leech, predacious or parasitic annelid worm of the class Hirudinea, characterized by a cylindrical or slightly flattened body with suckers at either end for attaching to prey. The leech, like other annelids, is segmented, but its numerous surface folds obscure the internal segments. In many forms the mouth has three small jaws equipped with sharp teeth. The digestive tract has lateral pouches that hold enough of the leech's staple food, blood, to last for months. The reproductive system is complex; leeches are hermaphroditic and cross-fertilizing. Nearly all leeches are aquatic, abounding in freshwater ponds in temperate regions, but they also are found in the tropics, in polar oceans, and in deserts. Some are permanent parasites of humans, horses, cattle, fish, and mollusks, but most are merely predatory. The salivary secretions of the leech contain hirudin, an anticoagulant, and other substances that promote blood flow. The medicinal leech (Hirudo medicinalis), a European freshwater leech once used by physicians to bleed patients suffering from almost any ailment, are now used to remove pooled blood from under skin grafts and other reconstructive surgeries, to treat bruises (such as black eyes), and to treat some osteoarthritis. Certain small leeches of the E Mediterranean region may enter the bodies of humans and animals through drinking water and lodge as parasites in the mouth or the respiratory passages. The giant Amazon leech can grow as large as the forearm of an adult human being. Leeches are classified in the phylum Annelida, class Hirudinea.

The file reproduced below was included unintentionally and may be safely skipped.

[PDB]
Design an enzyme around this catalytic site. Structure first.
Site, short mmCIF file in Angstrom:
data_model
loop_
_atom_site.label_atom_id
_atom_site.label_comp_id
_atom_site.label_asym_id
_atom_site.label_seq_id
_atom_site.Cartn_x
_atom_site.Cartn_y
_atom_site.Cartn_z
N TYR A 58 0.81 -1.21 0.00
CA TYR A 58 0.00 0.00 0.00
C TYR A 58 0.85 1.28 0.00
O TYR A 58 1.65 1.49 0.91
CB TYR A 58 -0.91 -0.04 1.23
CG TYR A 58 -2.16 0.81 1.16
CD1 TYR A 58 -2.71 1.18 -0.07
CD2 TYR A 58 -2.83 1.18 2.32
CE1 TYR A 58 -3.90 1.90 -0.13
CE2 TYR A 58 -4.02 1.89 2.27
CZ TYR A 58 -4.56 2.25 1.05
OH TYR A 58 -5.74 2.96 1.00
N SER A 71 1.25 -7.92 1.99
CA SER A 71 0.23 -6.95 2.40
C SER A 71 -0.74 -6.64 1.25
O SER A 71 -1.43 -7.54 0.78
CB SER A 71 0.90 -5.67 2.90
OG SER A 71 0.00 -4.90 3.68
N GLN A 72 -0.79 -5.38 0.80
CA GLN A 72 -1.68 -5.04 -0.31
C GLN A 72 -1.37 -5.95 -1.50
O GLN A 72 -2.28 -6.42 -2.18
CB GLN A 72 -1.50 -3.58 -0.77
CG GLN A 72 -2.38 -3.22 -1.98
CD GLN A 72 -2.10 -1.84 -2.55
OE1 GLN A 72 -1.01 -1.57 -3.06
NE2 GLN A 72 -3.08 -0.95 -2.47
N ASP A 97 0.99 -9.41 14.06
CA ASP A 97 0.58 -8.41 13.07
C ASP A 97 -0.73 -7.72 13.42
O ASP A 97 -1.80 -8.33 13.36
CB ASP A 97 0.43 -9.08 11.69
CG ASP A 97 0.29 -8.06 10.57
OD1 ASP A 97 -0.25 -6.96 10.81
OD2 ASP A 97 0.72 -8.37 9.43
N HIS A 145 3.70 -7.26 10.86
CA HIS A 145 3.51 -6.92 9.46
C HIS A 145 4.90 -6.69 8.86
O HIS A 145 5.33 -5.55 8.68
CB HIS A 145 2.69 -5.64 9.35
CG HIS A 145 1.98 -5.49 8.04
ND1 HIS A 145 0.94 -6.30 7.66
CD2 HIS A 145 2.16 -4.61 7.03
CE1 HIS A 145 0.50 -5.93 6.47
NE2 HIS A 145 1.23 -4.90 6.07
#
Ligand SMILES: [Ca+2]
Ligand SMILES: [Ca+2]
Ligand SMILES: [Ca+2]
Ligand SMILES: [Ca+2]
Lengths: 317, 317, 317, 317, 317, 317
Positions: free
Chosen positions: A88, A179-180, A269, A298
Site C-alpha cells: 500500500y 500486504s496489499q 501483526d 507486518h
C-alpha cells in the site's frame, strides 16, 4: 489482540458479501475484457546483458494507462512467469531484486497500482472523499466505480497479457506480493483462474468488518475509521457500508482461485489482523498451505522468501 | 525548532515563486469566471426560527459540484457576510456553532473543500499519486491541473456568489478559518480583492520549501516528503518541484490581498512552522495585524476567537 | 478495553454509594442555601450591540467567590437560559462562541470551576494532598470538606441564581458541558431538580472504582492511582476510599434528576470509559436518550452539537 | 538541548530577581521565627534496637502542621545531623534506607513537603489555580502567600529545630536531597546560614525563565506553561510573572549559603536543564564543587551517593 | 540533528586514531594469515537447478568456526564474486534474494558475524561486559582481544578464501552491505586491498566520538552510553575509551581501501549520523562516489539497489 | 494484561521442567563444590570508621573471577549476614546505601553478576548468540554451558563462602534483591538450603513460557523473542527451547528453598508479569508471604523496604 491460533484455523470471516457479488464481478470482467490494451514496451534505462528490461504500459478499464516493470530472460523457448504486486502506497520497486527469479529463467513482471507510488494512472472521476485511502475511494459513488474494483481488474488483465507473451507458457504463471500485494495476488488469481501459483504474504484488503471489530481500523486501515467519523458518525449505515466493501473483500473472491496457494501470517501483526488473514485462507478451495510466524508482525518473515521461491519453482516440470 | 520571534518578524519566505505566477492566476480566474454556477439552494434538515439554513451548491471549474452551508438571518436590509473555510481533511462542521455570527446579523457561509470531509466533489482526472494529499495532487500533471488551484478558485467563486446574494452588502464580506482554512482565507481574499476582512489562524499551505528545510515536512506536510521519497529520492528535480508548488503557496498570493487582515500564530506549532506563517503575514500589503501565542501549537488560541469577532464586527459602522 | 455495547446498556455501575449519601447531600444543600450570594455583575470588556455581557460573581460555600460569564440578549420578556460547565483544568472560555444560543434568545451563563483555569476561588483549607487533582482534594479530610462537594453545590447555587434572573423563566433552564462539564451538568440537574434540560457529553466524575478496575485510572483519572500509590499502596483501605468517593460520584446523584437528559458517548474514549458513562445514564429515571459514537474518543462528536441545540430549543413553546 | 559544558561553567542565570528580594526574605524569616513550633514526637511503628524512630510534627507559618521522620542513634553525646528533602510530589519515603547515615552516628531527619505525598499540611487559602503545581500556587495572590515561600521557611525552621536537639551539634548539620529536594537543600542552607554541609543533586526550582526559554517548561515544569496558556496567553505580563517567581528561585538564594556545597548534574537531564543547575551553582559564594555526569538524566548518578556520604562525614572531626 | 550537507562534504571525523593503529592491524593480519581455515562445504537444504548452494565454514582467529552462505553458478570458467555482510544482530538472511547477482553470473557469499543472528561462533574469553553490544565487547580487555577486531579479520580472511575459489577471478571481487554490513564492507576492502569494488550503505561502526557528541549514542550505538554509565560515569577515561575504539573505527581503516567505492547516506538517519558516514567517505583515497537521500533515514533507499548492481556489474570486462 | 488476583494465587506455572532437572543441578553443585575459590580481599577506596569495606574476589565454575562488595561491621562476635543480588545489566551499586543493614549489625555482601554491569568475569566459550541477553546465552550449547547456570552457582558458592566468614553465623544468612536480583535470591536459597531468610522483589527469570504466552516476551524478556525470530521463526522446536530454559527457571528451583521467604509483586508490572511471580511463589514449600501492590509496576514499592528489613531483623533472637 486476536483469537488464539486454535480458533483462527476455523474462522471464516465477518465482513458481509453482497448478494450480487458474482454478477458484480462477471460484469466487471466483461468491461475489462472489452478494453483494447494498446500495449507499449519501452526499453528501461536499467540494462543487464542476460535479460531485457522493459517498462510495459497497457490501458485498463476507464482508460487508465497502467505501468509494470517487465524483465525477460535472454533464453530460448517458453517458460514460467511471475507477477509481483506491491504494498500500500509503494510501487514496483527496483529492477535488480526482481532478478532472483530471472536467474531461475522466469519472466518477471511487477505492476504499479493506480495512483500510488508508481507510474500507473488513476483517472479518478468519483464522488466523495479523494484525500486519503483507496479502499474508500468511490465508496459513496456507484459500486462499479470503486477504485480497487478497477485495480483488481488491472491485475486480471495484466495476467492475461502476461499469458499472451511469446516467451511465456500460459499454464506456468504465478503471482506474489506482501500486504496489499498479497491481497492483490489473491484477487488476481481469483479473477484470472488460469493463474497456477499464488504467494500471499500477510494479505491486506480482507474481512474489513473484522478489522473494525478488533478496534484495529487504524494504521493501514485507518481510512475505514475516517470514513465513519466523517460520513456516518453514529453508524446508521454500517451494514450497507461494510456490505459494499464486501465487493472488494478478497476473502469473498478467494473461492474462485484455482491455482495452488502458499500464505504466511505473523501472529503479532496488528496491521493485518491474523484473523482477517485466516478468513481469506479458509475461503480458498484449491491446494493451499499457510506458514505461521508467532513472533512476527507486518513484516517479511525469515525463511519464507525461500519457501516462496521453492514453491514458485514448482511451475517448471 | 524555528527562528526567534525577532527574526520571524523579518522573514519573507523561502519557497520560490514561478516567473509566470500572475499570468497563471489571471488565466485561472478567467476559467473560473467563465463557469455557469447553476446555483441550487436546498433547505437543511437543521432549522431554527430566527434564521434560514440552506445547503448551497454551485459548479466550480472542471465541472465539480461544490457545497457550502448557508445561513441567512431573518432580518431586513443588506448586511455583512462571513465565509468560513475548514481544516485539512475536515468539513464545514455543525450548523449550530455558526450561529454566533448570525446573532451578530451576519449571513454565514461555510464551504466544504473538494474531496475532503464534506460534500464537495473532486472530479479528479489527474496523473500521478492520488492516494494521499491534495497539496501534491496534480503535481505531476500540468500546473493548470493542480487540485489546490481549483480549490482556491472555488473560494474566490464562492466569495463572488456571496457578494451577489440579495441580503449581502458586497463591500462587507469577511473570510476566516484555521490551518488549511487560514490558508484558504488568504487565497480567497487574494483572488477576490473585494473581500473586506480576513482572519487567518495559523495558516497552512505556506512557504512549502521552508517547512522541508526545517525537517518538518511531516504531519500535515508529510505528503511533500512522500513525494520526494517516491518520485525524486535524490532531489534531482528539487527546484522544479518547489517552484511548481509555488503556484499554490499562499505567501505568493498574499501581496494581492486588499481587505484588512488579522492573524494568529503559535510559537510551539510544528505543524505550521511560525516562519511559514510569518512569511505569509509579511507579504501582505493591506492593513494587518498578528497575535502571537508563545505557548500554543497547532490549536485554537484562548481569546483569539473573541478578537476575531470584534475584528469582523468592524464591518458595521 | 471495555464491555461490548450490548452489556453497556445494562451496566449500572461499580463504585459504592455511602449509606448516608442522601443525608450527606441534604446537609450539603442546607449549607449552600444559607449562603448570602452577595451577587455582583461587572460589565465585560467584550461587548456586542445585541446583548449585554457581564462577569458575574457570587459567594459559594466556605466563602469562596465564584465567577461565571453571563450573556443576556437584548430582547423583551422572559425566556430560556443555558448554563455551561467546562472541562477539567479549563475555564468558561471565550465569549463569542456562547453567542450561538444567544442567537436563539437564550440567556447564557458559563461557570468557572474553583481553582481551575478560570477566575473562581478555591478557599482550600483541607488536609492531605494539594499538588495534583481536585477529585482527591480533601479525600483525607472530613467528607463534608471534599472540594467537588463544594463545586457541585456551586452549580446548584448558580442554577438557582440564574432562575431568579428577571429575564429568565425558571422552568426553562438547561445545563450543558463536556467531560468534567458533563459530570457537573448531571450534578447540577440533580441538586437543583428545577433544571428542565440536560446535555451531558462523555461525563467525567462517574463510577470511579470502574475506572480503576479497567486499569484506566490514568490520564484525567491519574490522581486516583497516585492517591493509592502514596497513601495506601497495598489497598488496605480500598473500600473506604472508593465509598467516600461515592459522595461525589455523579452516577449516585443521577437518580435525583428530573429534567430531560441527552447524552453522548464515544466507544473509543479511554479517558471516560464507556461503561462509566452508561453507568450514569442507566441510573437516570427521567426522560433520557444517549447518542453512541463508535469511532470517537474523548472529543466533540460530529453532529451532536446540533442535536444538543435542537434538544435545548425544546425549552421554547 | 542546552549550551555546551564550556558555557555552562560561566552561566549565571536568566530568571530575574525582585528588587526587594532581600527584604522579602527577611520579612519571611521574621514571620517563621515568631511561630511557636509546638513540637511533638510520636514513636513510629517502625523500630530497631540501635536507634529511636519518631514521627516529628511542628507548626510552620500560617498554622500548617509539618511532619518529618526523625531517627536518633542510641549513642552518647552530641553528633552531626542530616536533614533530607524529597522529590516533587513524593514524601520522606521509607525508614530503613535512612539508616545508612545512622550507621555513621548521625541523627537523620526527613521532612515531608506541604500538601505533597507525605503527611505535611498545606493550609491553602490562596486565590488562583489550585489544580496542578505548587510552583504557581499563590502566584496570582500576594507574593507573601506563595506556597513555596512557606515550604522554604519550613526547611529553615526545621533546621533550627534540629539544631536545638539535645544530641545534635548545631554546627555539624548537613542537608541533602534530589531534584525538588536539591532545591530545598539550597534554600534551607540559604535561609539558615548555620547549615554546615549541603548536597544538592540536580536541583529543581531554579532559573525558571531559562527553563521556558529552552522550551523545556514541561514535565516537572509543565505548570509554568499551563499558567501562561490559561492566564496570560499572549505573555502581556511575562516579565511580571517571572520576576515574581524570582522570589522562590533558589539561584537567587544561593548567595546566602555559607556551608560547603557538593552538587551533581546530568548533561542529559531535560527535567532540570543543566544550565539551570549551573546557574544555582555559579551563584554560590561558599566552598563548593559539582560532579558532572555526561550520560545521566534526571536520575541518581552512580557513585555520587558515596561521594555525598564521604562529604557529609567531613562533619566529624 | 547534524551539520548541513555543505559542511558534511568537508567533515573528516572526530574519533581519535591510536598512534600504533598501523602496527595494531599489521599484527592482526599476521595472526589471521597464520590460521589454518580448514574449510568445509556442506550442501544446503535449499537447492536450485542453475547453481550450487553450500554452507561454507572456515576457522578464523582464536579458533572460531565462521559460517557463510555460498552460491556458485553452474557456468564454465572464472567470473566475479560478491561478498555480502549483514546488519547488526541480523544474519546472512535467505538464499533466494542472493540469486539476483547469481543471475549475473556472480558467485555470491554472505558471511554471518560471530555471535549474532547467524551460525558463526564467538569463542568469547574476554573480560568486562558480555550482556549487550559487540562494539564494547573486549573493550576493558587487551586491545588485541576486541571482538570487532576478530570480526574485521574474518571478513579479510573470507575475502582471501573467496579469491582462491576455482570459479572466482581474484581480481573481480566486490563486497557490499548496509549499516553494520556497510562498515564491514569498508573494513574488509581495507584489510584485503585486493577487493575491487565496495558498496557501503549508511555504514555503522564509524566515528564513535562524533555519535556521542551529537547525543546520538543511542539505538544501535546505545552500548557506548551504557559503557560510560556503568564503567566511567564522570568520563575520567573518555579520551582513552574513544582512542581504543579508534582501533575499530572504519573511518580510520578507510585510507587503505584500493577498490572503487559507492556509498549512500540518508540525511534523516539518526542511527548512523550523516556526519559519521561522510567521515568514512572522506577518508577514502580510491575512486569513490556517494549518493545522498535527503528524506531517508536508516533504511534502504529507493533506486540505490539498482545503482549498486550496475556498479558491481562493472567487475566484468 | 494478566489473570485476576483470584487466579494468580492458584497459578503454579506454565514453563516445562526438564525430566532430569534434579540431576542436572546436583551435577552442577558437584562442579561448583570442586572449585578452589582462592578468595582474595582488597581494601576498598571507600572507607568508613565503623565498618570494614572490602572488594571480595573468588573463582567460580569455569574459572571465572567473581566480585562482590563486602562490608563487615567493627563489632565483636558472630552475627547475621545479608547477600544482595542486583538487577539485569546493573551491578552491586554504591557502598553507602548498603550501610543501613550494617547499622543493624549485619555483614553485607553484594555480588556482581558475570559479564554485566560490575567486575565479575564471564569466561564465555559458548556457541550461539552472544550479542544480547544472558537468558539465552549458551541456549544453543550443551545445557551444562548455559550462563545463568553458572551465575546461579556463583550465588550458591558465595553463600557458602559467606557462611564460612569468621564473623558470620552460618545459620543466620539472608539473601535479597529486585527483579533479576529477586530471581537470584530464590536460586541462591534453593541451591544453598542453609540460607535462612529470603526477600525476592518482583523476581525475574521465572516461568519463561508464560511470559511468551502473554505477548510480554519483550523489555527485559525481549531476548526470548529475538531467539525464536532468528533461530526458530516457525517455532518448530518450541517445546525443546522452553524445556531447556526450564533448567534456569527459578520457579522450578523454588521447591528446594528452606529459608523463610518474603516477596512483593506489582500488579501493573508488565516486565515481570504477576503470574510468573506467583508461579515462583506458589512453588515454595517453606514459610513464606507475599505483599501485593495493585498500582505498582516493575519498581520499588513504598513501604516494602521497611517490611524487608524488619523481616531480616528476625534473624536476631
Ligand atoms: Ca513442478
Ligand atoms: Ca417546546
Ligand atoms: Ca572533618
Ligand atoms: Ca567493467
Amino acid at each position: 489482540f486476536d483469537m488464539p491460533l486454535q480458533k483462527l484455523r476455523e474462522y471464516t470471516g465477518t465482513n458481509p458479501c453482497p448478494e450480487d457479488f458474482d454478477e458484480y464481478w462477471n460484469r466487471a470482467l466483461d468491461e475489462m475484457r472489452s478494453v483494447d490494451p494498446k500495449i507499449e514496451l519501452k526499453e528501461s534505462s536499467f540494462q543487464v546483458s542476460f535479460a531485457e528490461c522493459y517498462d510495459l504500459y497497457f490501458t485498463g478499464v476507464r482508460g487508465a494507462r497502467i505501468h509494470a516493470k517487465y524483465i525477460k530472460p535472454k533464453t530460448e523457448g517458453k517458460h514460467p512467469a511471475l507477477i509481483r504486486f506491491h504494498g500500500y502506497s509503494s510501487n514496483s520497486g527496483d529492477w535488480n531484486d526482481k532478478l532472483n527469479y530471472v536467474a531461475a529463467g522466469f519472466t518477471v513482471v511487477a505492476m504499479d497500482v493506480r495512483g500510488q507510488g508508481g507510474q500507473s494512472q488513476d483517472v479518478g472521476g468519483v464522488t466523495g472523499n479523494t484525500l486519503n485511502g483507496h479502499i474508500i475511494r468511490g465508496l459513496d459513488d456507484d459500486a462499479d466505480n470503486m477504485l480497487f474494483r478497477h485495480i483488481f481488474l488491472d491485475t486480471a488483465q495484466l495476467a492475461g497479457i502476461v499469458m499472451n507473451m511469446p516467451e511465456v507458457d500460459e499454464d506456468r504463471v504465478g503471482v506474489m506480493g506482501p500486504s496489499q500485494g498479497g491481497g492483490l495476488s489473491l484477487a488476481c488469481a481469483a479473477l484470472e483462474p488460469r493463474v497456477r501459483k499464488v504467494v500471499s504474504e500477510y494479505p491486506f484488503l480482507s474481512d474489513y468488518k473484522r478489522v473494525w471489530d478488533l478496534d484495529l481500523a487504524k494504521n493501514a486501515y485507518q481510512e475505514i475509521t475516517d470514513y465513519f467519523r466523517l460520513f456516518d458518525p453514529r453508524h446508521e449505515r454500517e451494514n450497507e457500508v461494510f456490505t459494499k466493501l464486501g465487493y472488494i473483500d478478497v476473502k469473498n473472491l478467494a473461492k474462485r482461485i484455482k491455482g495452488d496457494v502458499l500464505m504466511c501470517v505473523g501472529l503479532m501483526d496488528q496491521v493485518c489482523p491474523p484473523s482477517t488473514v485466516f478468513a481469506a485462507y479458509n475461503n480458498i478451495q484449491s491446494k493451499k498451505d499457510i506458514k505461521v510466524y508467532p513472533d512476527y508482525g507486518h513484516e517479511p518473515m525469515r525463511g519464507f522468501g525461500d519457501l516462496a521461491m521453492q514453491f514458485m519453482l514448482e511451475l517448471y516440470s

The Columbia Electronic Encyclopedia, 6th ed. Copyright © 2012, Columbia University Press. All rights reserved.
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